The Umpqua River is one of the principle rivers of Oregon, draining a large area of southern Oregon and dumping into the Pacific Ocean at Reedsport. Today we explored a portion of the North Umpqua Wild and Scenic River Corridor from near Roseburg and stretching eastward about 40 miles. State Highway 138, the main highway between Roseburg and the north entrance to Crater Lake National Park, follows the North Umpqua through this area.


We did three different hikes today, the first to Deadline Falls, the second to Susan Creek Falls, and the third to Fall Creek Falls. Flashes of sunlight between clouds combined with the dark dense forest (and a bit of exertion thrown in) had us shedding layers to cool off... then adding layers to warm up... then shedding again, etc. all afternoon. Overall though, the day was perfect for short hikes like these.

The hike back to Fall Creek Falls was an ascending mile that took us through a narrow slit in a basalt rock wall, (we jokingly referred to as a "fat man filter"), through a valley strewn with boulders covered with a thick carpet of moss, a path wet and slippery in places, and only two sounds -- either flowing bubbling water or complete silence. Let me explain.

still able to slip through the "fat man filter"
 Our path followed the creek upstream toward the falls. Near our starting point at the bottom, the sound of flowing water was obvious. And at the falls, near the top, we could easily hear and see water coming over the falls, gathering in a pool beneath it, and rushing off downhill. But in the middle of our almost mile hike in, the sound quit... nothing... total silence. We couldn't help but notice. What happened to the water? We were in a narrow canyon and couldn't see any obvious point where the creek could be diverted out of the canyon. I feel confident, considering the size of the narrow steep-walled and rugged canyon, that if water was flowing anywhere over the surface we'd be able to hear it.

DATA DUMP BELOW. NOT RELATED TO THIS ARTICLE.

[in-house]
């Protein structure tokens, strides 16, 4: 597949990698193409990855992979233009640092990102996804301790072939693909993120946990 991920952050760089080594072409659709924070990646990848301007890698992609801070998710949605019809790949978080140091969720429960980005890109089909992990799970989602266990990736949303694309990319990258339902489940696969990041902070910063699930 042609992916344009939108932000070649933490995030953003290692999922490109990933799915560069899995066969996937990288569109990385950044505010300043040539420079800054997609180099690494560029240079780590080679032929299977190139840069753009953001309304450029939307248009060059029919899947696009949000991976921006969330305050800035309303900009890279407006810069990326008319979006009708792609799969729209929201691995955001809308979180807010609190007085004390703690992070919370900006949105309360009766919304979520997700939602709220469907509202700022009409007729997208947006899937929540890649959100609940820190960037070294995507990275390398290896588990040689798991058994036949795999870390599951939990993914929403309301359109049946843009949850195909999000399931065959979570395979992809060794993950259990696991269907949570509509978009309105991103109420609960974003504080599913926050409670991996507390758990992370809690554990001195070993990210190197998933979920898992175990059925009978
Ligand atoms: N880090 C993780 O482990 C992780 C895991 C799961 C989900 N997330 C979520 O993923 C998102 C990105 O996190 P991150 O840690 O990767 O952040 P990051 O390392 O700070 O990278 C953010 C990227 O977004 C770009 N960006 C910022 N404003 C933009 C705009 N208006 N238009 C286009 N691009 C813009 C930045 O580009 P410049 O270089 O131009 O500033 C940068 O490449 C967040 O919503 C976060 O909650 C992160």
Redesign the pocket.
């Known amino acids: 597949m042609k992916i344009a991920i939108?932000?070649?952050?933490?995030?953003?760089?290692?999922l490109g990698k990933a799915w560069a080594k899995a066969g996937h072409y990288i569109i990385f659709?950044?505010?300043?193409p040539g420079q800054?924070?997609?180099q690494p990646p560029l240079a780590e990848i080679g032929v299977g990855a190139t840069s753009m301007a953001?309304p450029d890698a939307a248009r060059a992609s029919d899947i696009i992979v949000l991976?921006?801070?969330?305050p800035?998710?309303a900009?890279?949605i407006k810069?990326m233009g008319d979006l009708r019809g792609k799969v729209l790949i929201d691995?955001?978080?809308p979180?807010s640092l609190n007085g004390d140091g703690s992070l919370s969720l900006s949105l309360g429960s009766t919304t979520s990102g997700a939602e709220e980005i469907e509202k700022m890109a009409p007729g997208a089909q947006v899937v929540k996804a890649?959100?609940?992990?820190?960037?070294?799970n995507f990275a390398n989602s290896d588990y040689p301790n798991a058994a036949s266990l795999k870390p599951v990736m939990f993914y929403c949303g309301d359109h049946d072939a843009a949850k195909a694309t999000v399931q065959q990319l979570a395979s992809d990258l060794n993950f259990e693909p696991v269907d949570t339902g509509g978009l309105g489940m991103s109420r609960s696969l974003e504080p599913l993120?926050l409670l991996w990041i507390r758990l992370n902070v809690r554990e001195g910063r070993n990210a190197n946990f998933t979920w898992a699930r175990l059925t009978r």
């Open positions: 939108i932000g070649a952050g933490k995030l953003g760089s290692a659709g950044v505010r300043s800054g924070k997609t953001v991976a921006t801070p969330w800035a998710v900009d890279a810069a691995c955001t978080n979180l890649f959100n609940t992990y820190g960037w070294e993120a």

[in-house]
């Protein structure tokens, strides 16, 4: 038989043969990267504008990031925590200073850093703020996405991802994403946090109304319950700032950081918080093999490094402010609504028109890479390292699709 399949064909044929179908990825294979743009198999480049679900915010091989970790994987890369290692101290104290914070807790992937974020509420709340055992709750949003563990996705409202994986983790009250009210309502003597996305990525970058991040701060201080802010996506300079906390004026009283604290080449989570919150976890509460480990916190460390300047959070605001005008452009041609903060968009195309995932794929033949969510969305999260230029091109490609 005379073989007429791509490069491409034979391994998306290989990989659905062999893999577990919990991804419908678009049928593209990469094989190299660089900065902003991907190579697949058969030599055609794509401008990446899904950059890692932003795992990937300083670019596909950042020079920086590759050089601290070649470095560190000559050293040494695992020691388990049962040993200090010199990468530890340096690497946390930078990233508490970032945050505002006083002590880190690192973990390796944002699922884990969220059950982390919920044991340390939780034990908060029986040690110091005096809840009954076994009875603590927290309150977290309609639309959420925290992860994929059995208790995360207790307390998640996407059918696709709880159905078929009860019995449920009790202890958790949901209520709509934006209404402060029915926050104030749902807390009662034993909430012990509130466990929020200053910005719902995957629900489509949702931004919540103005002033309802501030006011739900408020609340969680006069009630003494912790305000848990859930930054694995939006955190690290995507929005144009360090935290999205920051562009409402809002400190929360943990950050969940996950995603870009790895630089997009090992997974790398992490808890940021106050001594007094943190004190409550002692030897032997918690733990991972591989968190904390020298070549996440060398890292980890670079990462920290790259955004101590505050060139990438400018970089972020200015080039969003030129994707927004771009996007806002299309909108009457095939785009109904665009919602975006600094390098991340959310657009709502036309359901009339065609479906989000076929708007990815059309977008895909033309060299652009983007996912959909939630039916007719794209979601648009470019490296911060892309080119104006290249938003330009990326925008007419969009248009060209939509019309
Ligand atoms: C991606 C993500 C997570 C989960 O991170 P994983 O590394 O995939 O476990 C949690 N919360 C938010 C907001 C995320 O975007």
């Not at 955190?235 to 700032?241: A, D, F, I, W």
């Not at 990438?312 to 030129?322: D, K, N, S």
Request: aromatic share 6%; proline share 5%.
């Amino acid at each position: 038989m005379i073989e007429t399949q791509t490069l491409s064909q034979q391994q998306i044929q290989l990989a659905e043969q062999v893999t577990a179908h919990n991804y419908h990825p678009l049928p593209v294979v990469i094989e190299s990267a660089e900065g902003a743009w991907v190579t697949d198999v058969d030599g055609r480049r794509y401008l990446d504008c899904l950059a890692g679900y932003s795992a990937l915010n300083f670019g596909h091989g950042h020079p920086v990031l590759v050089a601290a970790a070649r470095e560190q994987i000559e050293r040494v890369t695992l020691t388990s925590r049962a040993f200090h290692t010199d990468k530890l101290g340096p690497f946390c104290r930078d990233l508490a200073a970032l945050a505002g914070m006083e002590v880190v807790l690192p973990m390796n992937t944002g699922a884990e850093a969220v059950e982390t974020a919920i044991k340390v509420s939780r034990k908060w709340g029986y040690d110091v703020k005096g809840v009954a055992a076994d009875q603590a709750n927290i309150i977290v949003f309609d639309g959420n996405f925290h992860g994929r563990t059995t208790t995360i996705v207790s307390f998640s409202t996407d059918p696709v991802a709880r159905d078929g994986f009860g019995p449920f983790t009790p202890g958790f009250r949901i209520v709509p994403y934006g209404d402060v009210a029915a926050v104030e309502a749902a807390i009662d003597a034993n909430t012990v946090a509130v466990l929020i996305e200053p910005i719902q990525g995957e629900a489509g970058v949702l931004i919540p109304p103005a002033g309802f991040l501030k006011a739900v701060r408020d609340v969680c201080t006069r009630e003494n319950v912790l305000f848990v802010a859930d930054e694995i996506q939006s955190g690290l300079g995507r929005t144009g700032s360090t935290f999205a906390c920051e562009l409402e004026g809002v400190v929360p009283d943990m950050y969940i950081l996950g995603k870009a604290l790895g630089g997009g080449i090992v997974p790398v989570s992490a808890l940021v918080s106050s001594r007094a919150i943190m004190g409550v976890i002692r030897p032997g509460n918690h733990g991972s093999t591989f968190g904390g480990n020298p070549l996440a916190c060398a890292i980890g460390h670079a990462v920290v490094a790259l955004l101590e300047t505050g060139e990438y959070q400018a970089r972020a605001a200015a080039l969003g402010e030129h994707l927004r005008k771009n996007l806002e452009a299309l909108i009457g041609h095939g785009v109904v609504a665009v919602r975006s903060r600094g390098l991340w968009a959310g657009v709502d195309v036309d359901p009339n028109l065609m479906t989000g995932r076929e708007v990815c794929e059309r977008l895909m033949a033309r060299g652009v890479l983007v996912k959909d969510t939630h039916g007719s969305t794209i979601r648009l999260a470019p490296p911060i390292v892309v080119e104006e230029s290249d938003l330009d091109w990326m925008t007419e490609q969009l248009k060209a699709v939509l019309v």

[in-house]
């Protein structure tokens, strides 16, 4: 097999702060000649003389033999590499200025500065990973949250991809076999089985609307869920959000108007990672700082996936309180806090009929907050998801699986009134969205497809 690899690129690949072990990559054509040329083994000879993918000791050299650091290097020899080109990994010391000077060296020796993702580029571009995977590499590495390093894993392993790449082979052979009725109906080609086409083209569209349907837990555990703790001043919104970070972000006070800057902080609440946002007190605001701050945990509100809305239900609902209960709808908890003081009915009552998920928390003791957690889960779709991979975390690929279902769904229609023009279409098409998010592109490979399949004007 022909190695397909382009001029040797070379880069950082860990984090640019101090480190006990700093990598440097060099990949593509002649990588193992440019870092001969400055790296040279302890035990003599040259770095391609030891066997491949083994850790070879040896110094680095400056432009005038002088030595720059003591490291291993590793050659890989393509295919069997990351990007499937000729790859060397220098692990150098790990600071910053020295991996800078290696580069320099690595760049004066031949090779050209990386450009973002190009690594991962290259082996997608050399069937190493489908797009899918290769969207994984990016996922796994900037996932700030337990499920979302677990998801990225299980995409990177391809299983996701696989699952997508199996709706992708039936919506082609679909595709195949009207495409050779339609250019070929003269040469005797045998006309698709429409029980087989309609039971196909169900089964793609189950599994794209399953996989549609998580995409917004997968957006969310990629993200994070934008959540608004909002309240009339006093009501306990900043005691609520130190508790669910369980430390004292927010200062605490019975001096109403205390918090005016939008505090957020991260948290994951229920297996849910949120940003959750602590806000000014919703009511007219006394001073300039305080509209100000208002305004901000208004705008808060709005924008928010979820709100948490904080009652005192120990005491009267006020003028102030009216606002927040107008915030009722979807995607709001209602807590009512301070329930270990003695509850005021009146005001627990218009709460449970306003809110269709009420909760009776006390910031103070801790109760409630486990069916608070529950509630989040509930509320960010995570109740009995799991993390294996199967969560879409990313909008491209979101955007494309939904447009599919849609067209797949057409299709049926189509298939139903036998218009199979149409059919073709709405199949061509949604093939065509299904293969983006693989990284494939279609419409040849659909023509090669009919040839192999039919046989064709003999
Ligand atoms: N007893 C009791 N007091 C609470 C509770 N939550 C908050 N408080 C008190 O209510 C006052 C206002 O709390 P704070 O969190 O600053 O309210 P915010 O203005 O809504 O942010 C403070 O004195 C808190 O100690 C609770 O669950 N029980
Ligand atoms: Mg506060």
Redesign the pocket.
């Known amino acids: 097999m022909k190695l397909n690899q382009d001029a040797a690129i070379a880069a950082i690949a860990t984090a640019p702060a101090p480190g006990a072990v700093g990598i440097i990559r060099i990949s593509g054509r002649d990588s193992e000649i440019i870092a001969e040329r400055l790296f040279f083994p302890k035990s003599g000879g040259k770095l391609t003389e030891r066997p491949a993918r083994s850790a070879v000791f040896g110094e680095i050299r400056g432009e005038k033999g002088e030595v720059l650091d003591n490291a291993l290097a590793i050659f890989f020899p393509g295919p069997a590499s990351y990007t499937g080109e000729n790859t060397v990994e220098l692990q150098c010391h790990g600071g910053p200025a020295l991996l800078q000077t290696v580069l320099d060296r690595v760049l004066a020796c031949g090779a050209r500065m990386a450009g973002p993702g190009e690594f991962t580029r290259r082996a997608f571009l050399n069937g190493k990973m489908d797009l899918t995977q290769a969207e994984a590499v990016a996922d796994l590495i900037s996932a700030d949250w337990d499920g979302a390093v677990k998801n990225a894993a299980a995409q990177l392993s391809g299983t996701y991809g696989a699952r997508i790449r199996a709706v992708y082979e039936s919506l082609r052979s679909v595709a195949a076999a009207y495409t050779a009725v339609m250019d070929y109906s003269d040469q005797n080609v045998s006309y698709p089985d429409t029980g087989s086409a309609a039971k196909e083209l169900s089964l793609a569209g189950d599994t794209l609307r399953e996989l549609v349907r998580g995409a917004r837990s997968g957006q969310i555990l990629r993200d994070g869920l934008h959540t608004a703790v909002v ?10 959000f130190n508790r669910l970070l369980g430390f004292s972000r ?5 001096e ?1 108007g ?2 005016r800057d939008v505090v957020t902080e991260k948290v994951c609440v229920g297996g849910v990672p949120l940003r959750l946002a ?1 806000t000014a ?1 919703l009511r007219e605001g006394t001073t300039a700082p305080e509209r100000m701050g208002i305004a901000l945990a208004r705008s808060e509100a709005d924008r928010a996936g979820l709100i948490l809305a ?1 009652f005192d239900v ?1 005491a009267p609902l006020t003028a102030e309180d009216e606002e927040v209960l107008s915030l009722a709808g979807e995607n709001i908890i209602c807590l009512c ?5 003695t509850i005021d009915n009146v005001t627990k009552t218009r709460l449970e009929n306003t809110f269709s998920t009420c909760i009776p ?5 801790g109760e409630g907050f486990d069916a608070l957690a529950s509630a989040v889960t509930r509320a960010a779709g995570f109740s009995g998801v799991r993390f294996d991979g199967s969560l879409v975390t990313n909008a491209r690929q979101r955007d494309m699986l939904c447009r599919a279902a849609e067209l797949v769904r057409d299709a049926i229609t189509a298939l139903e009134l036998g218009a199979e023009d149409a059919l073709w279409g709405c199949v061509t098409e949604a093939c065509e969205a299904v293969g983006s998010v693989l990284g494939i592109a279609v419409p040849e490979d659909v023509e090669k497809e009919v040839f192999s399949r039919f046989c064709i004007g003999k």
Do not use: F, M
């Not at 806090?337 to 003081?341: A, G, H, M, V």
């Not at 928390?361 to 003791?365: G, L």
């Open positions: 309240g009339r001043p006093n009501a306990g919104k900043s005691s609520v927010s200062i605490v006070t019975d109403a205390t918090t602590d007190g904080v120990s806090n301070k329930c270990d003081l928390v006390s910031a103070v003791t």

We even walked off the path and into the dry creek bed where it was accessible. It was obvious that water had flowed here in some considerable volume in the not too distant past... like, probably this past Spring. But walking from one side of the bottom of the canyon to the other side, (it wasn't far... maybe less than 100 feet) there was no flowing water at that point.

The only plausible explanation we could come up with was that the creek had found a porous spot in the creek bed where the water could flow into an underground stream of sorts. Something along the lines of a natural culvert or drain tile, probably filled with rubble but porous enough to allow creek water to flow for some distance underground before re-emerging into the creek further down the hill.

There was no authority or ranger around to question about this, so we're left with what we saw and the hypothesis we came up with to explain it. It was the big mystery of the day.

More photos from our day are contained in an online album. Check them out if you have a chance.


Oct 13 -- An SKP Wildlife Sanctuary

Sutherlin, OR